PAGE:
KAUST Visualization Core Lab

29 September 2019

8:30 am - 5:00 pm

Instructors: David R. Pugh

Helpers: TBD

General Information

The Visualization Core Lab will host a Version Control using Git for (Data) Scientists workshop. Visualization lab staff will provide an introduction to version control using Git designed for learners with little or no previous experience working with automated version control.

Version control is the lab notebook of the digital world: it’s what professionals use to keep track of what they’ve done and to collaborate with other people. Every large software development project relies on it, and most programmers use it for their small jobs as well. And it isn’t just for software: books, papers, small data sets, and anything that changes over time or needs to be shared can and should be stored in a version control system.

In this workshop we will be using Git from the Unix shell. Some previous experience with the shell is expected.

Topics covered will include the following.

This hands-on lesson is part of the Introduction to Data Science Workshop Series being offered by the KAUST Research Computing Core Labs as part of our on-going efforts to build capacity in core data science skills at KAUST. The workshop curriculum largely follows the curriculum developed by Software Carpentry, a volunteer project dedicated to helping researchers get their work done in less time and with less pain by teaching them basic research computing skills.

This is a live-coding based workshop and learners are expected to bring their own laptops with the required software already downloaded and installed.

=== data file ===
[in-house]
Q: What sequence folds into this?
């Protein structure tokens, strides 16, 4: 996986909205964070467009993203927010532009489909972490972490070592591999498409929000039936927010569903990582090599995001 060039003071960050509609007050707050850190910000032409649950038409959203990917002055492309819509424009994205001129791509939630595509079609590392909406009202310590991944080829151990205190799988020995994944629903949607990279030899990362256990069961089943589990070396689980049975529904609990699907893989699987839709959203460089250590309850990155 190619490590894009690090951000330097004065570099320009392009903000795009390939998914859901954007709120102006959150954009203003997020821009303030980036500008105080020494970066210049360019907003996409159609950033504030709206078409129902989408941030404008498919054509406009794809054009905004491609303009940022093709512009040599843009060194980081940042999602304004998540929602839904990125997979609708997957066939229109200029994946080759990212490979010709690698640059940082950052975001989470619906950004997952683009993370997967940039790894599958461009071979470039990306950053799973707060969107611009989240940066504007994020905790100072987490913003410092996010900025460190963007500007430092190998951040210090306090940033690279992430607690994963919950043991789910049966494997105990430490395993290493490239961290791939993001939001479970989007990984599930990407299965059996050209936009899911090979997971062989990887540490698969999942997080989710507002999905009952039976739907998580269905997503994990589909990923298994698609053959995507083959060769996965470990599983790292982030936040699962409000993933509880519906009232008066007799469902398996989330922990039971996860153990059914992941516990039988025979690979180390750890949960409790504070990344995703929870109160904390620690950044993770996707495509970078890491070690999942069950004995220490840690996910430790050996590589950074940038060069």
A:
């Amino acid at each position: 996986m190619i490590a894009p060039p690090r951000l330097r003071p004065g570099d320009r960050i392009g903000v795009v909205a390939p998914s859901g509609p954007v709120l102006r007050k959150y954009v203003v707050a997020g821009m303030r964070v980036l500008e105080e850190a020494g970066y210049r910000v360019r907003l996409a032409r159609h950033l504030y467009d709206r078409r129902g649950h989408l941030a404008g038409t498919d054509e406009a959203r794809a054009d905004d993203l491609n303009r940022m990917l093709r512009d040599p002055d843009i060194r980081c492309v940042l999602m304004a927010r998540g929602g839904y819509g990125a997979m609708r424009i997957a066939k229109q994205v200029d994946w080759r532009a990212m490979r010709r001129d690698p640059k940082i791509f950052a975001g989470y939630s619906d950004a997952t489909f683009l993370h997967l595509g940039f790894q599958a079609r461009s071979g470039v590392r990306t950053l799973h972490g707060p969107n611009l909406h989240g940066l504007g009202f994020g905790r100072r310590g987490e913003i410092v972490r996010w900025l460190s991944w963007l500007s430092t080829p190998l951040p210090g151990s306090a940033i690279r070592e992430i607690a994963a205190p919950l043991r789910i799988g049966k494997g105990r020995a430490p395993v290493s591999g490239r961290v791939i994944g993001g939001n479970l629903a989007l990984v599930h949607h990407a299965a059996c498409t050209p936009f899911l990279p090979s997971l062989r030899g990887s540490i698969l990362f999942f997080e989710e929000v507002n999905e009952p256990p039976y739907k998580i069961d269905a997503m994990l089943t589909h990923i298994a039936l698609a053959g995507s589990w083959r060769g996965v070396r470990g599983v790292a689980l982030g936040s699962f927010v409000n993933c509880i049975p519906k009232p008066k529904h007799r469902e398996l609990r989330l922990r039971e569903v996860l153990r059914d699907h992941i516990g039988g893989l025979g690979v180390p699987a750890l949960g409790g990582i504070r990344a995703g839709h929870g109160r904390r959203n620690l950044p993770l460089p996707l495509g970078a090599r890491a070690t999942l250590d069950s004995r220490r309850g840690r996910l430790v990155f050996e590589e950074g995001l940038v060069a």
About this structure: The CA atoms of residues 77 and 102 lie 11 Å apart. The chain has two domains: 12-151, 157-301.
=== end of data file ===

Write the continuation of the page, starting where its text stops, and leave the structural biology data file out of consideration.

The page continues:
For more information on what Software Carpentry teaches and why, please see their paper "Best Practices for Scientific Computing".

Who: The course is aimed at graduate students (MSc and PhD), Post-docs, faculty and other research staff at KAUST. You don't need to have any previous knowledge of the tools that will be presented at the workshop.

Where: Auditorium 215 (between bldg. 2-3, level 0). Get directions with OpenStreetMap or Google Maps.

When: 29 September 2019. Add to your Google Calendar.

Requirements: Participants must bring a laptop with a Mac, Linux, or Windows operating system (not a tablet, Chromebook, etc.) that they have administrative privileges on. They should have a few specific software packages installed (listed below).

Code of Conduct: Everyone who participates in Carpentries activities is required to conform to the Code of Conduct. This document also outlines how to report an incident if needed.

Contact: Please email help@vis.kaust.edu.sa for more information.


Surveys

Please be sure to complete these surveys before and after the workshop.

Pre-workshop Survey

Post-workshop Survey


Schedule

Before Pre-workshop Survey
09:00 Introduction to Version Control with Git
10:30 Morning break
10:45 Introduction to Version Control with Git, cont'd
12:00 Lunch break
13:00 Introduction to GitHub
14:30 Afternoon break
10:45 Basics of Open Science
16:30 Wrap up
15:00 END
After Post-workshop Survey

We will use this collaborative document for chatting, taking notes, and sharing URLs and bits of code.


Syllabus

Version Control with Git

  • Creating a Repository
  • Recording Changes to Files: add, commit, ...
  • Viewing Changes: status, diff, ...
  • Ignoring Files
  • Working on the Web: clone, pull, push, ...
  • Resolving Conflicts
  • Open Licenses
  • Where to Host Work, and Why
  • Reference...

Setup